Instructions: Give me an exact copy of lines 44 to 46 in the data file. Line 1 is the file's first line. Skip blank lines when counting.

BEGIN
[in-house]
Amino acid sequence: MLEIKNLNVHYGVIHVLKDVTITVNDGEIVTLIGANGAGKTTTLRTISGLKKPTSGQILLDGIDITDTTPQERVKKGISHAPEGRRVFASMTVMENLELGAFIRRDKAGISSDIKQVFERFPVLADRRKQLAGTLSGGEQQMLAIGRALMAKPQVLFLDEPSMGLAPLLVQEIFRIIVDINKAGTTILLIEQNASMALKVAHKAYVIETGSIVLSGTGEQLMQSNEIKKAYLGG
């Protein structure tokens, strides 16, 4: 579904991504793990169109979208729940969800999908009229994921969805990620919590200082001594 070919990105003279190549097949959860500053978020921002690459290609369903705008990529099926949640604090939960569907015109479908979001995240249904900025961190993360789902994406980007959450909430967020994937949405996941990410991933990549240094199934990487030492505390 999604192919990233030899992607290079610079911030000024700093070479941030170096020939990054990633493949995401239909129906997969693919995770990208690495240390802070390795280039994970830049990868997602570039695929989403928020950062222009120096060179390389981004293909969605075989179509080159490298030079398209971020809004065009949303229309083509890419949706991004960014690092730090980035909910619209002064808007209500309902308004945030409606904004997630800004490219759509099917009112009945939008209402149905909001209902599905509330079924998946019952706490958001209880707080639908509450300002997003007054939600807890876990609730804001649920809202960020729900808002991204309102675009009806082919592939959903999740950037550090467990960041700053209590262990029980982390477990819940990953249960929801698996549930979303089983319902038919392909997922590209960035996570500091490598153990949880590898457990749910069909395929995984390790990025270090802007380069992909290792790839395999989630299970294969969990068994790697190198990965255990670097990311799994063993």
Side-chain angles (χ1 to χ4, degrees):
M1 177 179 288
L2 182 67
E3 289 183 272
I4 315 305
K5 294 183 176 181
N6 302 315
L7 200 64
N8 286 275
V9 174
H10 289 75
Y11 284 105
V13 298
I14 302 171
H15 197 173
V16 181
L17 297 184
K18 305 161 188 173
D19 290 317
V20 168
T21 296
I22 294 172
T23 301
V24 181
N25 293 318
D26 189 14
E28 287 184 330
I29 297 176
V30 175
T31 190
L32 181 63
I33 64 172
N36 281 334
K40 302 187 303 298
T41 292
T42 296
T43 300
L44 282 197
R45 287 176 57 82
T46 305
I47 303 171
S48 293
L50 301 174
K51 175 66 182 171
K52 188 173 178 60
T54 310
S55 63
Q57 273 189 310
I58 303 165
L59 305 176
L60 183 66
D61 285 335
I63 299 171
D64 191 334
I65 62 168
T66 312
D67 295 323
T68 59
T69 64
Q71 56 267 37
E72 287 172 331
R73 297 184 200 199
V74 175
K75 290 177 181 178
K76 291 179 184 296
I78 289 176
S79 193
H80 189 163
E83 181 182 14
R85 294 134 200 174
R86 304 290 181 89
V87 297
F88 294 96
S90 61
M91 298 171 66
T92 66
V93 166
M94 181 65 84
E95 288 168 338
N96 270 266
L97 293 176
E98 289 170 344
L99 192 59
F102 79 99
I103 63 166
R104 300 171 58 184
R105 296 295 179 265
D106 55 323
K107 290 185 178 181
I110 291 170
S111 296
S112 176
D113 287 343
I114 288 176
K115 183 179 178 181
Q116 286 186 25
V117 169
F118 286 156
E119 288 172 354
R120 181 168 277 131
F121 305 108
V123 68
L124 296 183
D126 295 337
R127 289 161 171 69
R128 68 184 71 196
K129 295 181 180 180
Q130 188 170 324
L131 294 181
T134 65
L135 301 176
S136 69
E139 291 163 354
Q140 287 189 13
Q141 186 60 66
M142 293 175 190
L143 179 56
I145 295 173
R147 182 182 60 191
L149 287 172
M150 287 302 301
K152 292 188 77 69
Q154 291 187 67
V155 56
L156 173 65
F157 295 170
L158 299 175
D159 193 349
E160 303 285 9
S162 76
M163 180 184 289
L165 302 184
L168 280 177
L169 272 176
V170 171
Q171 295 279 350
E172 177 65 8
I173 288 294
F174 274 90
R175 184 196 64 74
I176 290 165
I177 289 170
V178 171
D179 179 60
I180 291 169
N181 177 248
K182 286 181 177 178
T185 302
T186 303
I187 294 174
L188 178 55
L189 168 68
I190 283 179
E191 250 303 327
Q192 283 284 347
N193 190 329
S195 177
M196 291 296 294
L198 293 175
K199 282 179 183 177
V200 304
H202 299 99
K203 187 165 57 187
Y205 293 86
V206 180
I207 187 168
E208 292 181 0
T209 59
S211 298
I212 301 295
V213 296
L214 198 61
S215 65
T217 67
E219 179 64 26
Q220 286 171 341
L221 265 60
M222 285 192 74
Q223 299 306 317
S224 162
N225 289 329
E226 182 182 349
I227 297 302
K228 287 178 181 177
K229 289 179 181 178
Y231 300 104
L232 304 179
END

I47 303 171
S48 293
L50 301 174